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Research Projects

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STATUS: In Progress YEAR: 2019 TOPIC AREA: Connected and autonomous systems Sustainability, energy, and health CENTER: PSR

Non-myopic path-finding for shared-ride vehicles: A bi-criterion best-path approach considering travel time and proximity to demand

Project Summary

Funding Source: Caltrans

Funding Amount: $53,923

Start and End Dates: January 1, 2020 to December 31, 2020

 

Project Description

Shared-ride mobility-on-demand (MOD) services offered by transit agencies (e.g. flexible, demand-adaptive, and demand-responsive transit) and private companies (e.g. Uber Pool, Lyft Line, microtransit) have the potential to provide high-quality, convenient, and affordable on-demand mobility service to individual travelers, while simultaneously obtaining the societal benefits of decreased vehicle miles traveled, congestion, and vehicle emissions through increased vehicle occupancies. However, for shared-ride MOD services to capture these societal and individual mobility benefits, they need to be operated efficiently. Hence, this research project focuses on the efficient operation of shared-ride MOD services. Although several research studies, including work by the PI, address shared-ride MOD operational problems, this research project addresses a severely overlooked shared-ride MOD operational subproblem, namely, the assignment of individual shared-ride vehicles to network paths as they move between user pickup and drop-off locations. 

 
In practice, and in the academic literature, fleet controllers assign shared-ride vehicles (like non-shared-ride vehicles) to the shortest network path, in terms of travel time, between pickup and drop-off locations in their schedules. While this strategy/policy is intuitive, it is also myopic given the nature of shared-ride on-demand service and the (high) likelihood new users will request service as vehicles traverse network paths between pickup and drop-off locations. A non-myopic approach would anticipate the possibility of new requests and consider the proximity of network paths to future user requests (i.e. demand) when assigning shared-ride vehicles to network paths. 


The goal of this research is to support the efficient operation of shared-ride MOD services as a means to enhance mobility via developing a non-myopic algorithm to assign individual shared-ride vehicles to network paths considering proximity to future demand in addition to travel time. The PI's hypothesis is that the consideration of proximity of network paths to future demand in the controller's objective function will increase shared-ride opportunities and prevent some shared-ride vehicle detours from low-demand, high-speed areas back to high-demand, lower speed areas to pick up new requests. This should subsequently improve service quality, decrease operational costs, and decrease required fleet sizes for shared-ride MOD services.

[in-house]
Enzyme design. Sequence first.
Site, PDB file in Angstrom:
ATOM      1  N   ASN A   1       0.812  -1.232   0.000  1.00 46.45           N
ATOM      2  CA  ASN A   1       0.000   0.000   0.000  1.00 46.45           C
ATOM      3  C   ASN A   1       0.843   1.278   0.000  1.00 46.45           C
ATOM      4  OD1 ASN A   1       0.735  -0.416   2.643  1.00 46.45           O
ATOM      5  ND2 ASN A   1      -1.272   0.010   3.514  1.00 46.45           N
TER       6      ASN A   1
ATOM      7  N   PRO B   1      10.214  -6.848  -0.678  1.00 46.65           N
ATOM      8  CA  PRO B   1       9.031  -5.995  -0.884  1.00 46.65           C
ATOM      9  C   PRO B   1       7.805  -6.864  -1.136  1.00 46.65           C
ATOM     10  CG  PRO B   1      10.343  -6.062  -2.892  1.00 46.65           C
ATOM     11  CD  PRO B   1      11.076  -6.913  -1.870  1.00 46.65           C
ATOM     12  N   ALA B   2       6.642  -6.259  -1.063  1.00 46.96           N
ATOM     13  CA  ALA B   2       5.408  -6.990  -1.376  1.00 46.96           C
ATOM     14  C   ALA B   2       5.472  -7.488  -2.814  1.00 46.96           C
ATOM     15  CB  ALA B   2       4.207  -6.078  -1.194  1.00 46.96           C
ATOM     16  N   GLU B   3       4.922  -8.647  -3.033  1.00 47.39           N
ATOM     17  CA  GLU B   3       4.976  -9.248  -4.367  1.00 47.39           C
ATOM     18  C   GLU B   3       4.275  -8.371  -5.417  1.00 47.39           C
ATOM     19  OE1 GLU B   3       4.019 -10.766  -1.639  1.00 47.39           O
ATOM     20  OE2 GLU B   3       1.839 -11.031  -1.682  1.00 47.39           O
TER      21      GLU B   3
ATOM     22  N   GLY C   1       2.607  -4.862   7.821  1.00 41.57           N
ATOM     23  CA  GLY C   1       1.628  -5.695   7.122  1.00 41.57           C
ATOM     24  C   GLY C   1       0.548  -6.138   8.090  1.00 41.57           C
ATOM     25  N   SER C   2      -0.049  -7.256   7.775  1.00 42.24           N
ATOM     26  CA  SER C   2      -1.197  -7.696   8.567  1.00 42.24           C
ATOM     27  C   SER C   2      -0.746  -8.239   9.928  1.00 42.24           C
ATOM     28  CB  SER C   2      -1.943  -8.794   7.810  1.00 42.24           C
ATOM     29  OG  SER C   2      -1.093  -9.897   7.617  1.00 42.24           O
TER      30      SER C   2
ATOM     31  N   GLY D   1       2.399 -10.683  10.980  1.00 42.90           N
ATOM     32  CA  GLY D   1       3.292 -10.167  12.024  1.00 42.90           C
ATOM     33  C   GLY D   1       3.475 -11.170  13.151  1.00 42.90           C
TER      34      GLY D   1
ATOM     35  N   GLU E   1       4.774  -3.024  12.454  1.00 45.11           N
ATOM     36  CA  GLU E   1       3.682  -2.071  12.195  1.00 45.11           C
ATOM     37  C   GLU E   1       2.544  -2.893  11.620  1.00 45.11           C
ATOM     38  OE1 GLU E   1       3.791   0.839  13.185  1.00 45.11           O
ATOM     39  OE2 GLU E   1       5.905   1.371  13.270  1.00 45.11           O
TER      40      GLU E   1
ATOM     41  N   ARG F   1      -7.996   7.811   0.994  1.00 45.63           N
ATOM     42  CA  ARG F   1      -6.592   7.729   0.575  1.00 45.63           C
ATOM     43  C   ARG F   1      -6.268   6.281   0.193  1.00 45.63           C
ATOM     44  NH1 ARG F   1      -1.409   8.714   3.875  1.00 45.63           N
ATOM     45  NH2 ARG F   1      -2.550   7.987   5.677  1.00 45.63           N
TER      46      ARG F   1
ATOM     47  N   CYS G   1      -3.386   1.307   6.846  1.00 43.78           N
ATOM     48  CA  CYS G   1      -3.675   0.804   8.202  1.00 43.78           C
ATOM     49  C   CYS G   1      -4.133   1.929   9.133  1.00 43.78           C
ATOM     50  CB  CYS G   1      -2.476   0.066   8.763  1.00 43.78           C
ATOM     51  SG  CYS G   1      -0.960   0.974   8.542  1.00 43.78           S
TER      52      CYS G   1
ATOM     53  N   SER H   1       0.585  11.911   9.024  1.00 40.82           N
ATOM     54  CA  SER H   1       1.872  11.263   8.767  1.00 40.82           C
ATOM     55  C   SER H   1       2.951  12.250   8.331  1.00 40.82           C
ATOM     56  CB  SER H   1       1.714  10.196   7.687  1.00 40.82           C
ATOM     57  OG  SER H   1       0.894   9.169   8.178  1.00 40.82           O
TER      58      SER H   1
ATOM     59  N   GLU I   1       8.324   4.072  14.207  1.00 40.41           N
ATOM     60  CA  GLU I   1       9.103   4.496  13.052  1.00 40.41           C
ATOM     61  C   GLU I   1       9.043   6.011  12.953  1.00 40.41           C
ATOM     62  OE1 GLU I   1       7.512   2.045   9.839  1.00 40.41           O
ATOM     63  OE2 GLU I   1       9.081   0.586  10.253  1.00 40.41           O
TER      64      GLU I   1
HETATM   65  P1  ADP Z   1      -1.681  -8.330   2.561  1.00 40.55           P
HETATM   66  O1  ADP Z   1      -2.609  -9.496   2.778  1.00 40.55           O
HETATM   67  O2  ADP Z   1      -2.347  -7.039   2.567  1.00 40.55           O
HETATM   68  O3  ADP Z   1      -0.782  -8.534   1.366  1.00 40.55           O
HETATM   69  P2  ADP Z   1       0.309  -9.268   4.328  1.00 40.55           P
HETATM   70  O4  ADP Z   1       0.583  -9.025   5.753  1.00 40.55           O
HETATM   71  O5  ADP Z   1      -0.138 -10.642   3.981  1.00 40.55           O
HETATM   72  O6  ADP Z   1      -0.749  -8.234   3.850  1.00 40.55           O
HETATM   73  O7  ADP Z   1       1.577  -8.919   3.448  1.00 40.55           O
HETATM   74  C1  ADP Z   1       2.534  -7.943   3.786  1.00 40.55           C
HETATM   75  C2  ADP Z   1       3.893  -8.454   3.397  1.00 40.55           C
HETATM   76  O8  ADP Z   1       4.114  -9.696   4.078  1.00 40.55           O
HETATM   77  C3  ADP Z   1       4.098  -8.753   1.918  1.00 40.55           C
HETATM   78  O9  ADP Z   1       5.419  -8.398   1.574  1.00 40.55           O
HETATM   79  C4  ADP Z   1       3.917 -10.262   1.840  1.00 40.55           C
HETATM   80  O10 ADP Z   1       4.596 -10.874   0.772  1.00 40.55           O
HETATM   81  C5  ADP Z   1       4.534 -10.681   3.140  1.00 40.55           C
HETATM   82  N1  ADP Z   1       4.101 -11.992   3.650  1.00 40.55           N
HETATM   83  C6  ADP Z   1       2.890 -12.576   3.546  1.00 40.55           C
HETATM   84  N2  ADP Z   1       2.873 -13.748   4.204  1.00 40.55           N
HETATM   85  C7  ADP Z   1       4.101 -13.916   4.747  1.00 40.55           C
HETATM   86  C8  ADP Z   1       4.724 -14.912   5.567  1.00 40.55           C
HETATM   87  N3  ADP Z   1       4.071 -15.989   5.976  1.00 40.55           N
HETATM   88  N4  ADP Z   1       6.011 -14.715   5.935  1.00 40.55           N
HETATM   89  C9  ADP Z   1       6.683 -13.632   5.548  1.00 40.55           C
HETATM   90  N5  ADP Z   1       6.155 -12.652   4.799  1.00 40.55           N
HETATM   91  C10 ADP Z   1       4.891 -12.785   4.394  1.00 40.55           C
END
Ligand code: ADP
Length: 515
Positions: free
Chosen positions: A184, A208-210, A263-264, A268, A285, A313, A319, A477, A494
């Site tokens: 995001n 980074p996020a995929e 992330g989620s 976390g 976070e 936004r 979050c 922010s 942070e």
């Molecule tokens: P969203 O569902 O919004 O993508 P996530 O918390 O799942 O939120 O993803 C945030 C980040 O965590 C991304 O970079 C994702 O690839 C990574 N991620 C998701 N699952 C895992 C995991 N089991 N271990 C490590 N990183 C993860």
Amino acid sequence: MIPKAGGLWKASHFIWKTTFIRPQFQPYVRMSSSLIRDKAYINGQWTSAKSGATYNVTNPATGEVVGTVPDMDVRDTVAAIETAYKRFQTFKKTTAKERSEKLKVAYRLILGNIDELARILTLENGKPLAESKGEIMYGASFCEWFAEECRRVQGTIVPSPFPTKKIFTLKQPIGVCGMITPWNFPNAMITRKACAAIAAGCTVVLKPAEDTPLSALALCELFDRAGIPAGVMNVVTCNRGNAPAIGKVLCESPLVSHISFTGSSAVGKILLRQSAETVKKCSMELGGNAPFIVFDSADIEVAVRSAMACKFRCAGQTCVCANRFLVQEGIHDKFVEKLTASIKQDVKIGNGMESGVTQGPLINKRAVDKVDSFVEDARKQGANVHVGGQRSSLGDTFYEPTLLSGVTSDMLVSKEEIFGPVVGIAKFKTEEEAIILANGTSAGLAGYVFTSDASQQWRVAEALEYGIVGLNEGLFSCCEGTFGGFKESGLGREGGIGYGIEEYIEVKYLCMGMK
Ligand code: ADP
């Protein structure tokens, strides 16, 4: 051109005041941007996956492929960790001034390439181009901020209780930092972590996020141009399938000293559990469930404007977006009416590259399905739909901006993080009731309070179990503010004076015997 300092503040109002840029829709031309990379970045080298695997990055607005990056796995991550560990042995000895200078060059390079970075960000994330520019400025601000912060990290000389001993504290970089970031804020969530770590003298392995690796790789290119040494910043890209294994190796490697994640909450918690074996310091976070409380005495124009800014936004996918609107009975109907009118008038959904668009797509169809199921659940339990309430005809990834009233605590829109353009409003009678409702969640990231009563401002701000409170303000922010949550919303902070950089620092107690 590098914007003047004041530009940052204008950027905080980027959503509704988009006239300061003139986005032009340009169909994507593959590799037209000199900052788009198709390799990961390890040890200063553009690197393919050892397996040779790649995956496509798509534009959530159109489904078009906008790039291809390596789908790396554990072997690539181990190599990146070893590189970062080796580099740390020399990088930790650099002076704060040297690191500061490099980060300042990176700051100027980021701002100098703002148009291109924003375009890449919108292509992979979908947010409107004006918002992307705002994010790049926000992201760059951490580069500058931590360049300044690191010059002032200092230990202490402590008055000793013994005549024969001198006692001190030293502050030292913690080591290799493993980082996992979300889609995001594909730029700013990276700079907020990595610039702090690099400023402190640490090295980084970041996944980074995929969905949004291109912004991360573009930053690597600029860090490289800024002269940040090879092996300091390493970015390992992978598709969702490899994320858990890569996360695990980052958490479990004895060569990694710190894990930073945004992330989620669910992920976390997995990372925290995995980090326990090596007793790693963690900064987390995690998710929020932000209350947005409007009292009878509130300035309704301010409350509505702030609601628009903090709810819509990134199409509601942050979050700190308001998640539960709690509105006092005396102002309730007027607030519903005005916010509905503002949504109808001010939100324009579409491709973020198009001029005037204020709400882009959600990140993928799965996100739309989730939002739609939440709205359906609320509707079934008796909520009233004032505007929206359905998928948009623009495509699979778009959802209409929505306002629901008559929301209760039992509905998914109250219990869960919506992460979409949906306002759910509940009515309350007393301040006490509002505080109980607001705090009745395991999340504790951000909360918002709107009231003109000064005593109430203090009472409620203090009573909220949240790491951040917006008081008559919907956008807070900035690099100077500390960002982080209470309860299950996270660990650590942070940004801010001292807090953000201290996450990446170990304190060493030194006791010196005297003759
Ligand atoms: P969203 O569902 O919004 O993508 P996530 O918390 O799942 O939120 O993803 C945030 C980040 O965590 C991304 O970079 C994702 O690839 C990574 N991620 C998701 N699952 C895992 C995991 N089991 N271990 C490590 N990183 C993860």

If assigning individual shared-ride vehicles to the shortest (travel time) paths is suboptimal, this suggests MOD fleet controllers should consider significant alterations to their operational strategies. Moreover, it suggests that the utilization of road networks may change substantially in the future if shared-ride MOD services gain significant market share relative to personal vehicles. 


Assuming this research project shows it is beneficial to route individual shared-ride vehicles, considering both travel time and proximity to demand, fleet operators should consider assigning all the vehicles in their fleet to network paths considering proximity to demand. However, the fleet operator will not want all shared-ride vehicles traveling along the same few corridors with the highest demand; this would be excessive. Rather, the fleet controller can spread individual shared-ride vehicles across the network in real-time to ‘cover' expected future demand throughout the service region, much the same way bus routes are designed, and route frequencies are set to cover expected demand throughout the service region.


Additionally, assuming this research project finds it is suboptimal for individual shared-ride vehicles to travel along shortest travel time paths, this implies the future use of road networks may change drastically if personal vehicle usage decreases and the use of shared-ride vehicles increases. Grade-separated, limited-access highways are likely to become less attractive paths as they limit sharing opportunities; whereas, main arterials cutting through or near high-density residential and business areas are likely to become more attractive paths. This leads to important planning and design questions related to infrastructure investments and curb space.


Although, these future research avenues are interesting and important, the research in this proposal represents a significant advancement in the control of shared-ride vehicles that has the potential to significantly improve mobility. The conceptualization of the problem, mathematical models, solution methods, and computational results from this project will be summarized in one or more papers that will be submitted to top-tier transportation and operations research journals, and top-tier transportation conferences. Given the potential of this project to spur future research, the research team plans to make a concerted effort to widely promote the research findings.

P.I. NAME & ADDRESS

Michael Hyland
Assistant Professor of Civil and Environmental Engineering
The Henry Samueli School of Engineering
Institute of Transportation StudiesIrvine, CA 92697-3600
United States
[email protected]